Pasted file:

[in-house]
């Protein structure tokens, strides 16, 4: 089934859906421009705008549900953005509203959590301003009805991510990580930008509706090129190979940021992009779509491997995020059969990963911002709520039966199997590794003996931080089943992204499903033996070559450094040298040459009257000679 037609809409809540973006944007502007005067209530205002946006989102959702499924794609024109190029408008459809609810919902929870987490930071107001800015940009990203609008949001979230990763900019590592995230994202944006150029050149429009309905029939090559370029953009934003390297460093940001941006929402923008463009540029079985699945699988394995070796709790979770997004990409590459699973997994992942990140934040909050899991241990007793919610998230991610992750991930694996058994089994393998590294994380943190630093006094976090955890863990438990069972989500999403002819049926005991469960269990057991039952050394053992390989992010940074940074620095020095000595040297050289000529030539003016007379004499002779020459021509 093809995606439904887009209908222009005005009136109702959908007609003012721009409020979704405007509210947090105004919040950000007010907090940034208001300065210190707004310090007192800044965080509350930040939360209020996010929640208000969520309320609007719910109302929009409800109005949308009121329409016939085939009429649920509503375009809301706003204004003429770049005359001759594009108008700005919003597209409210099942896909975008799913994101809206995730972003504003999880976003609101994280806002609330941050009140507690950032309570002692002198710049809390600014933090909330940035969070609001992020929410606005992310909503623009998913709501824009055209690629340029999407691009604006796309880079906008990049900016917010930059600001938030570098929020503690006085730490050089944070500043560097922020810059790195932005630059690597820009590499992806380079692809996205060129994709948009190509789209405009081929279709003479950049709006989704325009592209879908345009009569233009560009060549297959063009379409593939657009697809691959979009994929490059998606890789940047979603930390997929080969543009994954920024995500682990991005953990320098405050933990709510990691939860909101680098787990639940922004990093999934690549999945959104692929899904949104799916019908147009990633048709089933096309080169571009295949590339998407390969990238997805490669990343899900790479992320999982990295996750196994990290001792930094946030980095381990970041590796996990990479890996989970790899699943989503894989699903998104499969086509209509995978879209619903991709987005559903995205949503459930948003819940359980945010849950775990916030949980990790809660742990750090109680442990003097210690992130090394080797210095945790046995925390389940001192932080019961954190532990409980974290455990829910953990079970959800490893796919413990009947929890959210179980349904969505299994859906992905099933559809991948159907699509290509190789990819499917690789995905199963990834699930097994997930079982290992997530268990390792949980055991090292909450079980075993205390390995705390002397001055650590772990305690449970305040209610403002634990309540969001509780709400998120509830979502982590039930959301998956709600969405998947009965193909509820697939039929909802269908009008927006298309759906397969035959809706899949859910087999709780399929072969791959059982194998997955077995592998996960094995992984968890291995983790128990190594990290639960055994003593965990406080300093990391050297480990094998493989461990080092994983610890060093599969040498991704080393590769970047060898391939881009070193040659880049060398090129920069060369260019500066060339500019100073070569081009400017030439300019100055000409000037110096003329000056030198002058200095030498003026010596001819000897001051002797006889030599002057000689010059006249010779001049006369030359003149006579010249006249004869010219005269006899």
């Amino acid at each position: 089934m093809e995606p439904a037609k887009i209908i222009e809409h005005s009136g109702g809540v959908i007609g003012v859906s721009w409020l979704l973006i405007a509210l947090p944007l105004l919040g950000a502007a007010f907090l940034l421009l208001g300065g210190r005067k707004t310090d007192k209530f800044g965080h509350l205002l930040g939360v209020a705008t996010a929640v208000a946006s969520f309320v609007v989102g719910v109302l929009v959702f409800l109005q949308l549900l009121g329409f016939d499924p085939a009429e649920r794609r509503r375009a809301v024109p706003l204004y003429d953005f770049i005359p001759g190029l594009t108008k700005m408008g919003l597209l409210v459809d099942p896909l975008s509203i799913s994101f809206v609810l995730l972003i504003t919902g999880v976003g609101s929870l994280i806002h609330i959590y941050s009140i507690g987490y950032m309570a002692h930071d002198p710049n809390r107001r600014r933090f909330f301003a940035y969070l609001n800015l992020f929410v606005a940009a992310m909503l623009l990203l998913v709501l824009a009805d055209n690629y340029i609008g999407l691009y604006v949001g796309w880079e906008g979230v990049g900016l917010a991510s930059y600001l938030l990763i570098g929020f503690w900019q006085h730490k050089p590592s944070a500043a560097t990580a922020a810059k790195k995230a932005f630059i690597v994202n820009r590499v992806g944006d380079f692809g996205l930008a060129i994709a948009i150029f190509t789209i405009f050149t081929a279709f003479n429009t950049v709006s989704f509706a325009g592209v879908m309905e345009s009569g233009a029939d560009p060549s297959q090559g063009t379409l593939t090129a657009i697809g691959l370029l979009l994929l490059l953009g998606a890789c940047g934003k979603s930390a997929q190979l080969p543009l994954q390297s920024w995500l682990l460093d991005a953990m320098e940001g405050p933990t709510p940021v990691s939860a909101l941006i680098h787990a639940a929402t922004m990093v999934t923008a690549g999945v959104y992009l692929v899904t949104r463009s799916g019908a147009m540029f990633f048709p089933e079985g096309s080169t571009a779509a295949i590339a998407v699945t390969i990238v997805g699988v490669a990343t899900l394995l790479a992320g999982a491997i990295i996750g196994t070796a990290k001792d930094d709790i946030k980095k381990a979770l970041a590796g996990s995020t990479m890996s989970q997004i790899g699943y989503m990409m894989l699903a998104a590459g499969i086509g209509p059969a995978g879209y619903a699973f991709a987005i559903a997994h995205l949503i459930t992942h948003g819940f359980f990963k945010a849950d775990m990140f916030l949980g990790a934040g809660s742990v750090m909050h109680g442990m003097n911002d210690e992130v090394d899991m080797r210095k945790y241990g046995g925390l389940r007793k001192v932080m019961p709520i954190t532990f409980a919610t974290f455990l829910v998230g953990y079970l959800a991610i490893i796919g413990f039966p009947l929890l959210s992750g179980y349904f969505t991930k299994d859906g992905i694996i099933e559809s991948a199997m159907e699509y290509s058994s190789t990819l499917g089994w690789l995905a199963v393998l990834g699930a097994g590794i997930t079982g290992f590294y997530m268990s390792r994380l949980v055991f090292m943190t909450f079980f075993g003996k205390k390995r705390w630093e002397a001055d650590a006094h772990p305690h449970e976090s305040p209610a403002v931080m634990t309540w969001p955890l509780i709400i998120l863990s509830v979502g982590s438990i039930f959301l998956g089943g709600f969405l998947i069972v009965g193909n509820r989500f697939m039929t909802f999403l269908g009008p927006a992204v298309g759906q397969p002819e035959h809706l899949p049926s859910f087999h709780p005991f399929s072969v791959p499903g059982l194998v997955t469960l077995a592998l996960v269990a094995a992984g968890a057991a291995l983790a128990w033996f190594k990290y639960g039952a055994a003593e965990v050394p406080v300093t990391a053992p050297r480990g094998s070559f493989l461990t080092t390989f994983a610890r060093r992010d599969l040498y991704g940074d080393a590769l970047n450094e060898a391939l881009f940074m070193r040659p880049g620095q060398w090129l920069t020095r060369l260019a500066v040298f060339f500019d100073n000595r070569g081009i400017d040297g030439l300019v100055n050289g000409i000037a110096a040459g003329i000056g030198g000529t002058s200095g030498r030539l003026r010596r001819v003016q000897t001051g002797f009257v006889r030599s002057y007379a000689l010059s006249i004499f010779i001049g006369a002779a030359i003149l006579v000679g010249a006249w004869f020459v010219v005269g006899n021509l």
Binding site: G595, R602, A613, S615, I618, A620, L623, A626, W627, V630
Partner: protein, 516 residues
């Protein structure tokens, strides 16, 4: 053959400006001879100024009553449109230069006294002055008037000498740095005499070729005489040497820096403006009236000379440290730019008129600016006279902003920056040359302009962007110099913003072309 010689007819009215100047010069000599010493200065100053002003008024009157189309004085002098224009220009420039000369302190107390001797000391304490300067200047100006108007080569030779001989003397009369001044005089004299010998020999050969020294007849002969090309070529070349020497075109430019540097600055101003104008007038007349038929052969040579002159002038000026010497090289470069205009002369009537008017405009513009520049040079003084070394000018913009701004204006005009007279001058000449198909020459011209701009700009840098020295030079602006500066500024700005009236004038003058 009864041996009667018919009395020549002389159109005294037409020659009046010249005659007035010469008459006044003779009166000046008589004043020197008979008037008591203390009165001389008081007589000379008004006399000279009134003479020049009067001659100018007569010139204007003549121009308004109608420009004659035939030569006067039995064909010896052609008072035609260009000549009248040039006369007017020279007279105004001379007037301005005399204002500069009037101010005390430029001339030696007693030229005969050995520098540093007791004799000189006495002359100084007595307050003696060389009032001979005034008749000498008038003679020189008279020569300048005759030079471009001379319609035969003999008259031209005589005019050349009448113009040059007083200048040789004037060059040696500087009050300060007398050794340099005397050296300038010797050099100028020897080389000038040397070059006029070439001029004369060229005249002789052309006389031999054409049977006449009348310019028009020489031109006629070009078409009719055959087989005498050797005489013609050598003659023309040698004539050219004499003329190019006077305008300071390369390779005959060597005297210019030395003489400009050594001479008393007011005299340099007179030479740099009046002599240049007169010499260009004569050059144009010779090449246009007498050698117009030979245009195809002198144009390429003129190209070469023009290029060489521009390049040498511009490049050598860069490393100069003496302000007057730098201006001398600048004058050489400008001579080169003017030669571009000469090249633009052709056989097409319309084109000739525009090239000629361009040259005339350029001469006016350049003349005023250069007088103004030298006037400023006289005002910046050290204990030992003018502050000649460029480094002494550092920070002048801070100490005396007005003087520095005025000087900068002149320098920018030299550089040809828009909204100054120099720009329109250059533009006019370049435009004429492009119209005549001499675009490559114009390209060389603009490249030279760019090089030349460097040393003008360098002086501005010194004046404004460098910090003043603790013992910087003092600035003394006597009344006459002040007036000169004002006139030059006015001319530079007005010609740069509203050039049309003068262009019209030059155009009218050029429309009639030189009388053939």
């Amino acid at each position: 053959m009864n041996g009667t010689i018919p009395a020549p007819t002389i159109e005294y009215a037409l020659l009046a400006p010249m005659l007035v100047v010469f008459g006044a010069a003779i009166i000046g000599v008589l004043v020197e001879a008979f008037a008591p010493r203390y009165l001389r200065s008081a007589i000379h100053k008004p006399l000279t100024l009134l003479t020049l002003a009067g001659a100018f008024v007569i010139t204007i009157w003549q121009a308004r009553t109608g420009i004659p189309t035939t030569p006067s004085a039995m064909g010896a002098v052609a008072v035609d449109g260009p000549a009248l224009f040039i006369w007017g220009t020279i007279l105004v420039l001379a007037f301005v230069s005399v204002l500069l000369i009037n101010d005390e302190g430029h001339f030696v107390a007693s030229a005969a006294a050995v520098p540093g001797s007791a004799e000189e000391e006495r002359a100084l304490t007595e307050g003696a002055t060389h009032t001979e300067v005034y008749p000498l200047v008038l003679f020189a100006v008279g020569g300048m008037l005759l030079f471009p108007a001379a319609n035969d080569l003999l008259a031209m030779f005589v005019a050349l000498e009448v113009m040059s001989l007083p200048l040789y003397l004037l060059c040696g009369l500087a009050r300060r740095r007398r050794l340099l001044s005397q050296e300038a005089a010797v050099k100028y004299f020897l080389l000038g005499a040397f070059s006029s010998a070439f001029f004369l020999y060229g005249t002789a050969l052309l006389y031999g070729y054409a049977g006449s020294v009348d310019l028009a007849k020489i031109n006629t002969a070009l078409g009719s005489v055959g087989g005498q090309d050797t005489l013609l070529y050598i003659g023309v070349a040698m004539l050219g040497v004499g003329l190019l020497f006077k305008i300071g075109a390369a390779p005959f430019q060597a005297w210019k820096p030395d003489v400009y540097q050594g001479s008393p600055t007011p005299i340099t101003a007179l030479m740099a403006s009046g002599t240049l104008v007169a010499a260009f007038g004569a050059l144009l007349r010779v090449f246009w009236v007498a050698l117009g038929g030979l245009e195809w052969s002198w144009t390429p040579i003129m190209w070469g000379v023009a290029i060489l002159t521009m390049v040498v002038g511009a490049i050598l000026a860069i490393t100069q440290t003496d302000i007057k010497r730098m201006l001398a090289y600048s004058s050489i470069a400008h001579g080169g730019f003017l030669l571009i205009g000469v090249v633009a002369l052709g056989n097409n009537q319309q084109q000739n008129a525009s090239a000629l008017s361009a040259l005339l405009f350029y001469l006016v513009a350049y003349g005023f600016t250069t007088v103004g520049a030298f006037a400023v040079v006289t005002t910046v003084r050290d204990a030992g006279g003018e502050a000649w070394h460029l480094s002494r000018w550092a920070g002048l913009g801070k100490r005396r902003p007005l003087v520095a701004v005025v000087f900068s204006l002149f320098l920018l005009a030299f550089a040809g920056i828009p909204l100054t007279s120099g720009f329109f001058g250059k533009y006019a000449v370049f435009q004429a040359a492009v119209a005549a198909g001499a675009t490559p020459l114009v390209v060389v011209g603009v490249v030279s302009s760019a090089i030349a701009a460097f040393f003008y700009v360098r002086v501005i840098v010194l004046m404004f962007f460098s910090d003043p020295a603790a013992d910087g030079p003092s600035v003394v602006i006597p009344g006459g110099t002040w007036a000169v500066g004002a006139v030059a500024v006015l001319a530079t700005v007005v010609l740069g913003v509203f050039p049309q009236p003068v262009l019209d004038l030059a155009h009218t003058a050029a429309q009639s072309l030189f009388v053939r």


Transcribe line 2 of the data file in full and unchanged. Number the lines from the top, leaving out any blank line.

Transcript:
């Protein structure tokens, strides 16, 4: 089934859906421009705008549900953005509203959590301003009805991510990580930008509706090129190979940021992009779509491997995020059969990963911002709520039966199997590794003996931080089943992204499903033996070559450094040298040459009257000679 037609809409809540973006944007502007005067209530205002946006989102959702499924794609024109190029408008459809609810919902929870987490930071107001800015940009990203609008949001979230990763900019590592995230994202944006150029050149429009309905029939090559370029953009934003390297460093940001941006929402923008463009540029079985699945699988394995070796709790979770997004990409590459699973997994992942990140934040909050899991241990007793919610998230991610992750991930694996058994089994393998590294994380943190630093006094976090955890863990438990069972989500999403002819049926005991469960269990057991039952050394053992390989992010940074940074620095020095000595040297050289000529030539003016007379004499002779020459021509 093809995606439904887009209908222009005005009136109702959908007609003012721009409020979704405007509210947090105004919040950000007010907090940034208001300065210190707004310090007192800044965080509350930040939360209020996010929640208000969520309320609007719910109302929009409800109005949308009121329409016939085939009429649920509503375009809301706003204004003429770049005359001759594009108008700005919003597209409210099942896909975008799913994101809206995730972003504003999880976003609101994280806002609330941050009140507690950032309570002692002198710049809390600014933090909330940035969070609001992020929410606005992310909503623009998913709501824009055209690629340029999407691009604006796309880079906008990049900016917010930059600001938030570098929020503690006085730490050089944070500043560097922020810059790195932005630059690597820009590499992806380079692809996205060129994709948009190509789209405009081929279709003479950049709006989704325009592209879908345009009569233009560009060549297959063009379409593939657009697809691959979009994929490059998606890789940047979603930390997929080969543009994954920024995500682990991005953990320098405050933990709510990691939860909101680098787990639940922004990093999934690549999945959104692929899904949104799916019908147009990633048709089933096309080169571009295949590339998407390969990238997805490669990343899900790479992320999982990295996750196994990290001792930094946030980095381990970041590796996990990479890996989970790899699943989503894989699903998104499969086509209509995978879209619903991709987005559903995205949503459930948003819940359980945010849950775990916030949980990790809660742990750090109680442990003097210690992130090394080797210095945790046995925390389940001192932080019961954190532990409980974290455990829910953990079970959800490893796919413990009947929890959210179980349904969505299994859906992905099933559809991948159907699509290509190789990819499917690789995905199963990834699930097994997930079982290992997530268990390792949980055991090292909450079980075993205390390995705390002397001055650590772990305690449970305040209610403002634990309540969001509780709400998120509830979502982590039930959301998956709600969405998947009965193909509820697939039929909802269908009008927006298309759906397969035959809706899949859910087999709780399929072969791959059982194998997955077995592998996960094995992984968890291995983790128990190594990290639960055994003593965990406080300093990391050297480990094998493989461990080092994983610890060093599969040498991704080393590769970047060898391939881009070193040659880049060398090129920069060369260019500066060339500019100073070569081009400017030439300019100055000409000037110096003329000056030198002058200095030498003026010596001819000897001051002797006889030599002057000689010059006249010779001049006369030359003149006579010249006249004869010219005269006899």